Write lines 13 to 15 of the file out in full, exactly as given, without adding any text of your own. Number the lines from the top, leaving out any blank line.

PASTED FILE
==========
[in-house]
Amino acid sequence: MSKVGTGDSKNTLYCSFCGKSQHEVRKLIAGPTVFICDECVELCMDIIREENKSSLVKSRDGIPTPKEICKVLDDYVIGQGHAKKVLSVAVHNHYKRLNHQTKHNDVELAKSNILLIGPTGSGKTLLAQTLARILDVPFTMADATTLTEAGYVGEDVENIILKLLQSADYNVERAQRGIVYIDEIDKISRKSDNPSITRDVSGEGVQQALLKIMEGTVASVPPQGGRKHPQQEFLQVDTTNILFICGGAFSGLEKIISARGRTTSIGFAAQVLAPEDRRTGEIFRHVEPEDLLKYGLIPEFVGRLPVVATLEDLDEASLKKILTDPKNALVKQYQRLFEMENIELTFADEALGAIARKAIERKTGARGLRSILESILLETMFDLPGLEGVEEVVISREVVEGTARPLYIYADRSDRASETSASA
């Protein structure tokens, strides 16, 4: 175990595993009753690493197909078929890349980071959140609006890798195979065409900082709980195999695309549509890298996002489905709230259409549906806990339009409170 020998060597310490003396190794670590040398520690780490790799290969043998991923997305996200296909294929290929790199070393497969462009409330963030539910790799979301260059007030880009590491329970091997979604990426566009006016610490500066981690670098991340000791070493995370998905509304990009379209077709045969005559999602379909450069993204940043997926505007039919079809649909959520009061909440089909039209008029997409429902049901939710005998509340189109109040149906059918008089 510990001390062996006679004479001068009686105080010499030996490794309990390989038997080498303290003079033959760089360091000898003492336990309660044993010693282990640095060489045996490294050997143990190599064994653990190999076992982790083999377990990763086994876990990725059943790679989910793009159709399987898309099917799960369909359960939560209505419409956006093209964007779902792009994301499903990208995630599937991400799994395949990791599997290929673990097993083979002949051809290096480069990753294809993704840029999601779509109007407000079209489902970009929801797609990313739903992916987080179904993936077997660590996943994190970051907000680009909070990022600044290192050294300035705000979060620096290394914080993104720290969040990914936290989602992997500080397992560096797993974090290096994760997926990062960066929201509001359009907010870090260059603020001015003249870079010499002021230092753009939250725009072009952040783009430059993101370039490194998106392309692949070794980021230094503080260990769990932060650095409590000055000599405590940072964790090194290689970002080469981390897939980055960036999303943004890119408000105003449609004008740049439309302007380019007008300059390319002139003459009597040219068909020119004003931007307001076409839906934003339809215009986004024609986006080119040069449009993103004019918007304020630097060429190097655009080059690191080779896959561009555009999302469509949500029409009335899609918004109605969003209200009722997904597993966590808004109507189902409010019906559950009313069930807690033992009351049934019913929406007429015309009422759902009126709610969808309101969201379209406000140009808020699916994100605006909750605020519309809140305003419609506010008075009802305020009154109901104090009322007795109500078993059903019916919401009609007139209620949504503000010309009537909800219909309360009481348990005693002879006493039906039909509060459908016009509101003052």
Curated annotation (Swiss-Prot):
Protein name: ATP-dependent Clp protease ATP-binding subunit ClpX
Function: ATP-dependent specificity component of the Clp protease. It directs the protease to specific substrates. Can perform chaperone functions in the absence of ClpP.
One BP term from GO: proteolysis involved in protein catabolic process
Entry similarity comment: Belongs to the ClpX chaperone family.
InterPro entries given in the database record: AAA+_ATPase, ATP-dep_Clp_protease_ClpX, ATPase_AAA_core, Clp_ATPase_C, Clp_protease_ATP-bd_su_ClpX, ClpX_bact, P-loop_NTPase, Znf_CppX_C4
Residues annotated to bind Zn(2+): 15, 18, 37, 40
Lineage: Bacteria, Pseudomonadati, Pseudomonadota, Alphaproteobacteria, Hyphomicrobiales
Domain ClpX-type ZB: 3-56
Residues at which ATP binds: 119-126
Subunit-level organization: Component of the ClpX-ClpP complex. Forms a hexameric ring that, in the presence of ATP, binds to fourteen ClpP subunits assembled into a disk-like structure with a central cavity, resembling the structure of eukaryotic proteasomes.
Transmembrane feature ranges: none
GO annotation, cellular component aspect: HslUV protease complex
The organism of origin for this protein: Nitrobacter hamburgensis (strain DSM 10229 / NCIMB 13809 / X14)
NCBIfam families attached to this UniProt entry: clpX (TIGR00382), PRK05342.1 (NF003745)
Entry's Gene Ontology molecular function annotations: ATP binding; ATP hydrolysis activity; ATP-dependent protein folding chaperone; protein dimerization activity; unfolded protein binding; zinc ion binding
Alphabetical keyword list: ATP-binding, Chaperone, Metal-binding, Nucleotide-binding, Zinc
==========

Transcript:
Residues at which ATP binds: 119-126
Subunit-level organization: Component of the ClpX-ClpP complex. Forms a hexameric ring that, in the presence of ATP, binds to fourteen ClpP subunits assembled into a disk-like structure with a central cavity, resembling the structure of eukaryotic proteasomes.
Transmembrane feature ranges: none